I am disheartened and angry at the scenario year in and year out on lives and properties lost senselessly because of greedy and corrupt government officials.

What will it take to awaken our senses? How intense a calamity will it take before the Filipinos learns its lessons from nature's wrath?

Thursday, December 15, 2011

How do you solve a problem like Manila?

It's the Christmas rush. What better place to be peeved than in the roads of Metro Manila. Ho ho ho!!! Even Santa Claus would have a nightmare trying to get Dasher, Dancer, Prancer, Vixen, Comet, Cupid, Donner, Blitzen and Rudolph to land safely without having to smash through some squatters' shanty in Manila.

Yes my dear Virginia, there is no urban planning in the Philippines. I don't think there is a local government official that even has the brains or the balls to consider urban planning as his major platform in trying to make the city they govern liveable. As Filipinos, we reap what we sow and ho ho ho...a jolly joke to us all when we get caught in the nightmare of traffic (and this is all year round) or flooding (and this is scary because just a few raindrops and we're inundated) or fire (and this is not a laughing matter because most of the houses in the city are virtual fire traps), we point the blame at our government officials.

I decided to write this blog at the back of my car, while my driver is getting frustratingly irritated at the traffic in the Metro. In short, here are my unsolicited ideas on how to decrease the traffic in Metro Manila (or should I say, the Philippines):

1. Let's build a sky on EDSA! So the skyway has eased traffic going the south and north of the metro. Thanks to the skyway, but at whose expense? Obviously, it's the average Juan de la Cruz who forks out the costs on this short, but expensive skyway. As a matter of fact, traveling from Buendia to Alabang has been a breeze - takes less than 10 minutes if you take the skyway or 20 minutes if you take the at-grade road below. But you also spend $3.50 for the 16.5 km stretch (or about $0.21 or P9.00 per kilometer) - the most expensive toll fee in the world. But the toll ways is profitable - for both the government (because Kim Henares will not have to worry about tax collection any longer) and the private sector (because it's a one time investment for the builders and it's a one-armed slot machine money making venture all the way thereafter). Imagine - EDSA is about 24 km long. At $0.25 per kilometer they can charge $6 (P261.00) per way from the Heritage Hotel in Pasay City to Monumento in Caloocan City. My simple take is this - you can afford a car, you can afford to pay the road fees however extravagant they may be. The only thing here is where to put the skyway. Higher than the current MRT of course! This can be the next wonder of the world for the Philippines! We will look aesthetically the worst in the world but who the hell cares? It's the Philippines and we're third world anyway.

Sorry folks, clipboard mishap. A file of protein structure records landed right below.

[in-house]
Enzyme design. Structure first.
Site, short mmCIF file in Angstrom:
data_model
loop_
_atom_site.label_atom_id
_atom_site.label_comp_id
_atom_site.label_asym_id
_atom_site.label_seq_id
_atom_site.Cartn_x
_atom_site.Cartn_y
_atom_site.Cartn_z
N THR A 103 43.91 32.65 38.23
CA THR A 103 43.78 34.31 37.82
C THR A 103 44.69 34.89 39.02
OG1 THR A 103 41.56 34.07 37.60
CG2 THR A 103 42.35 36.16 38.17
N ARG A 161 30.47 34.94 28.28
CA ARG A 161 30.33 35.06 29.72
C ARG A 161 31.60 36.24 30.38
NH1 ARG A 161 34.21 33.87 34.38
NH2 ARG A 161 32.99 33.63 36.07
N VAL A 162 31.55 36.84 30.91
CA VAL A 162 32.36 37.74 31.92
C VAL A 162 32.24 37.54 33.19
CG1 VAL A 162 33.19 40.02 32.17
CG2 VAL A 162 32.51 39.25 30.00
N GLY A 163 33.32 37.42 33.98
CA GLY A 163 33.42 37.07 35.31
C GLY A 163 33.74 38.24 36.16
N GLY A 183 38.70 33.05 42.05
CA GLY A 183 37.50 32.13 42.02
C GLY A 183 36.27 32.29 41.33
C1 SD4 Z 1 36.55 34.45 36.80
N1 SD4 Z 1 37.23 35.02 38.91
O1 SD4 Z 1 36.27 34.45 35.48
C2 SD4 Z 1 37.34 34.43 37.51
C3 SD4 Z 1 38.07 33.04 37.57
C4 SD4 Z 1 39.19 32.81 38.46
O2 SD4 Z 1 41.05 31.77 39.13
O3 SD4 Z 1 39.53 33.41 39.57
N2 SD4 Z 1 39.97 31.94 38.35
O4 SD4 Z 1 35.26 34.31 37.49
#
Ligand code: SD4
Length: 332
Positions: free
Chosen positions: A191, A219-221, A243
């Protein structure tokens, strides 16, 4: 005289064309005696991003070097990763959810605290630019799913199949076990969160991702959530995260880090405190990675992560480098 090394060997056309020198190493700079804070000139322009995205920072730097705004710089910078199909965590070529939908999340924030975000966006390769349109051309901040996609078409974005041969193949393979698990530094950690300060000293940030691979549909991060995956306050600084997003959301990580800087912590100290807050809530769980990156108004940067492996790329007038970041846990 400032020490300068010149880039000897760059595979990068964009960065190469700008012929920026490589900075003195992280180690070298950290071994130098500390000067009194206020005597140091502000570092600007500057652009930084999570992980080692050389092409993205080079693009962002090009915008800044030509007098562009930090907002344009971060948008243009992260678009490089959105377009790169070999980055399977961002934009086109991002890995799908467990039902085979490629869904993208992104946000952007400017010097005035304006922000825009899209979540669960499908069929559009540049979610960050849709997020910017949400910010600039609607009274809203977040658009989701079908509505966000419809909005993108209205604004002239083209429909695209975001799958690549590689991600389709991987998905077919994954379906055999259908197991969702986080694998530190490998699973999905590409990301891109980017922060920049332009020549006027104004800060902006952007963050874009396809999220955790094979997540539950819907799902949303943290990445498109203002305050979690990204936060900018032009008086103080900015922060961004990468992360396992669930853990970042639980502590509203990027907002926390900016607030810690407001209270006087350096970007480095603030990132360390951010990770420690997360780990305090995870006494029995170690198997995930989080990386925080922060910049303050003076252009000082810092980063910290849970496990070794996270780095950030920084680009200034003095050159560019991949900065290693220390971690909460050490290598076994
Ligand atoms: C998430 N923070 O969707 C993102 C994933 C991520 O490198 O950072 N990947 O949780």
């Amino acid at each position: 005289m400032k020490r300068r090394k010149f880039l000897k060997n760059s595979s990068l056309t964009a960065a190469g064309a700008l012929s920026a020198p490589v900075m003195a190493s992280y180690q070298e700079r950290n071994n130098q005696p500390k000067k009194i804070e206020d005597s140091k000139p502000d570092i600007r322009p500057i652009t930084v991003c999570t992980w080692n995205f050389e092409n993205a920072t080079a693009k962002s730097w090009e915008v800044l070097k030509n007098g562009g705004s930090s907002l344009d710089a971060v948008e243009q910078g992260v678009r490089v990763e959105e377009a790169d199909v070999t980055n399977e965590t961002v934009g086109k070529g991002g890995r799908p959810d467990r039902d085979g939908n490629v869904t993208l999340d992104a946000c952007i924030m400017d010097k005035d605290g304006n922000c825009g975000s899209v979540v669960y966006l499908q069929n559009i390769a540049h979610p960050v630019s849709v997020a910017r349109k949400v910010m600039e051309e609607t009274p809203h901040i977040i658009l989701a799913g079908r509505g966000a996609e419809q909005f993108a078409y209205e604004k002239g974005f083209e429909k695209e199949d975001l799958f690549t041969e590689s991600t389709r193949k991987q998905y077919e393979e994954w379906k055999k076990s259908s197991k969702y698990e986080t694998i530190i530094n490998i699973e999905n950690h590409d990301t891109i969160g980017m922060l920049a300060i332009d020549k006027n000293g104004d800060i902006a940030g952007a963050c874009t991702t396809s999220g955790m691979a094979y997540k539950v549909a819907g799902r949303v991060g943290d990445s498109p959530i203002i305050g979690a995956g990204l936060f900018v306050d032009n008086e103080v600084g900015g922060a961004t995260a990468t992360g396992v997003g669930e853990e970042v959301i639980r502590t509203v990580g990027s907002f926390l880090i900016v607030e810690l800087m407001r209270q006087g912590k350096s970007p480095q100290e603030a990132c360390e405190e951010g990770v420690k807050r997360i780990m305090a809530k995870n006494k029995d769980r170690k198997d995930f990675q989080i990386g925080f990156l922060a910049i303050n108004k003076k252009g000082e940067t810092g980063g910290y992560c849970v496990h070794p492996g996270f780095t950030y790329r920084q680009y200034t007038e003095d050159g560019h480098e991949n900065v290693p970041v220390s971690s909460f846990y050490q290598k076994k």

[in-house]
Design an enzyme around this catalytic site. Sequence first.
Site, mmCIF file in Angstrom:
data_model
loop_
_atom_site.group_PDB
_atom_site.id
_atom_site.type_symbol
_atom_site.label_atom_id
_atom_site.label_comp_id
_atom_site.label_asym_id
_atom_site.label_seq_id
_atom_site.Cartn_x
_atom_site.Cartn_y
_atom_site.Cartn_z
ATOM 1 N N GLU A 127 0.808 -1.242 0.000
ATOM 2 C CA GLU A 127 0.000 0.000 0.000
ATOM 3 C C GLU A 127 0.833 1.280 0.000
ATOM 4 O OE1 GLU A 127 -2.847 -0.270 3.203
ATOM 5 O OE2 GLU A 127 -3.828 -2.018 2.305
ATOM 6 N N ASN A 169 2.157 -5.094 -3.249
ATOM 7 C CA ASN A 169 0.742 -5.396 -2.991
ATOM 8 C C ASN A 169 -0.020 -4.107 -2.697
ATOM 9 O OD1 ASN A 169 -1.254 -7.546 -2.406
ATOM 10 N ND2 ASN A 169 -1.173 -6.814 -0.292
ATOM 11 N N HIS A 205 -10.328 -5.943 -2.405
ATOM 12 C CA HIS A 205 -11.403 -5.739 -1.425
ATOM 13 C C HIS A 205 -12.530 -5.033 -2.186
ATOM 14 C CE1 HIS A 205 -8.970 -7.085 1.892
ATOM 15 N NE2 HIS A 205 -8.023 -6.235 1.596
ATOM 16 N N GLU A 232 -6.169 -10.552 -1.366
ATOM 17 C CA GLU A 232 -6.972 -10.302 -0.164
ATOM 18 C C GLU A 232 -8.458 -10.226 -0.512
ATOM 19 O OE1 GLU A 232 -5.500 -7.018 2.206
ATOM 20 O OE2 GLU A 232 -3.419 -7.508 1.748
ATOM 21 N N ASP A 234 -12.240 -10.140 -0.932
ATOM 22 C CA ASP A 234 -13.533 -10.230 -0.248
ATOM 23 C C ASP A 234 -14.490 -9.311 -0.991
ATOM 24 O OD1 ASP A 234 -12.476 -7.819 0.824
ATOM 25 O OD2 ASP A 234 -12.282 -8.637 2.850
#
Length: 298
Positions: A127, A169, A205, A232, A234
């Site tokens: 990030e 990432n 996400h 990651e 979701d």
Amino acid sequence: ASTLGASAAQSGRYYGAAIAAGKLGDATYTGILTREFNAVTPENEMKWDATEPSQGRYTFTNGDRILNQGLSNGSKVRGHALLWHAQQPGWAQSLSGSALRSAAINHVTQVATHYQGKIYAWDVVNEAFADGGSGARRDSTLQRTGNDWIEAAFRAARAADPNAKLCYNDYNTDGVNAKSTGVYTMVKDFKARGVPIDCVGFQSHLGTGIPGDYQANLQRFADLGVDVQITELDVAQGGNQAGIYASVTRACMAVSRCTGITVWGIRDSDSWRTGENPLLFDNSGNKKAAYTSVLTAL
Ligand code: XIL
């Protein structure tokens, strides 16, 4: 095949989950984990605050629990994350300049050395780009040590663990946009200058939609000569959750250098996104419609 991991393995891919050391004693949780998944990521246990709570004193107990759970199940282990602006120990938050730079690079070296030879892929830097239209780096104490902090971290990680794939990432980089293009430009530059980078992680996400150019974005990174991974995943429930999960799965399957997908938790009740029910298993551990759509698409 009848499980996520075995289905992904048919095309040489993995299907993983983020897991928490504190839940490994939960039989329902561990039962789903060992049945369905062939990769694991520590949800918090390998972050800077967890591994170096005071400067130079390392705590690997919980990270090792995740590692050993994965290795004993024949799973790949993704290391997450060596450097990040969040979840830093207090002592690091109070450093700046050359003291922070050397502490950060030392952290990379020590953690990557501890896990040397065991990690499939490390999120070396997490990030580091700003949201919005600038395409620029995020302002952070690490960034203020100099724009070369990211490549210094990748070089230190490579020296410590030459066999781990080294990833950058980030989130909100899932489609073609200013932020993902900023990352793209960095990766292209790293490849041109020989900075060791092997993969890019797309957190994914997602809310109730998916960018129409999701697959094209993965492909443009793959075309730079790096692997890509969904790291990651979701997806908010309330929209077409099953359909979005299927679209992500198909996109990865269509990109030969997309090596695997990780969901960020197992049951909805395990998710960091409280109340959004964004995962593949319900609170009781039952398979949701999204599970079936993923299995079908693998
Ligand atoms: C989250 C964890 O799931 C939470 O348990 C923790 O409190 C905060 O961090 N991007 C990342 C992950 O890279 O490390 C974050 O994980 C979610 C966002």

2. Paradigm shift for MMDA and traffic enforcers. It's about time these pathetic leeches who are inconsequential to the work force except for bribery techniques be vanquished from the face of EDSA or anywhere in the world. Instead of REALLY working to ease traffic congestion, these lackeys congregate with their peers (talk about the literal meaning of "highway robbers"). So here's the take - with the number coding scheme enforced in the Metro Manila area, the robbers...este just that...rob...este enforce the number coding. They run after the private cars. Even if the damn jeeps and buses and tricycles and pedicabs load and unload in prohibited zones AND IN FRONT OF THEIR VERY EYES, they turn a blind eye on this. It makes your blood boil when you see that the root cause of traffic is the fact that these supposed robbers...este enforcers are NOT doing their jobs. Like a horse with blinders on, they just look one way and steal the other way. They're practically busy chatting on the cellphone or texting to God knows who and scamper away when it rains like Gremlins afraid to multiply. What peeves me is that their bosses also turn a blind eye on this problem! NO MMDA HAS EVER ENFORCED DISCIPLINE IN ITS RANKS! For the very love of God - your president PNOY has the slogan - ANG TUWID NA DAAN! PUTANG INANG BAYAN ITO...ASAN ANG TUWID NA DAAN KUNG BALUKTOT ANG DAAN NG MGA LANGGAM? (tsk tsk tsk...lonely battle cry for PNoy). They can keep their jobs but REMOVE THE NUMBER CODING SCHEME so that they focus on what is essential.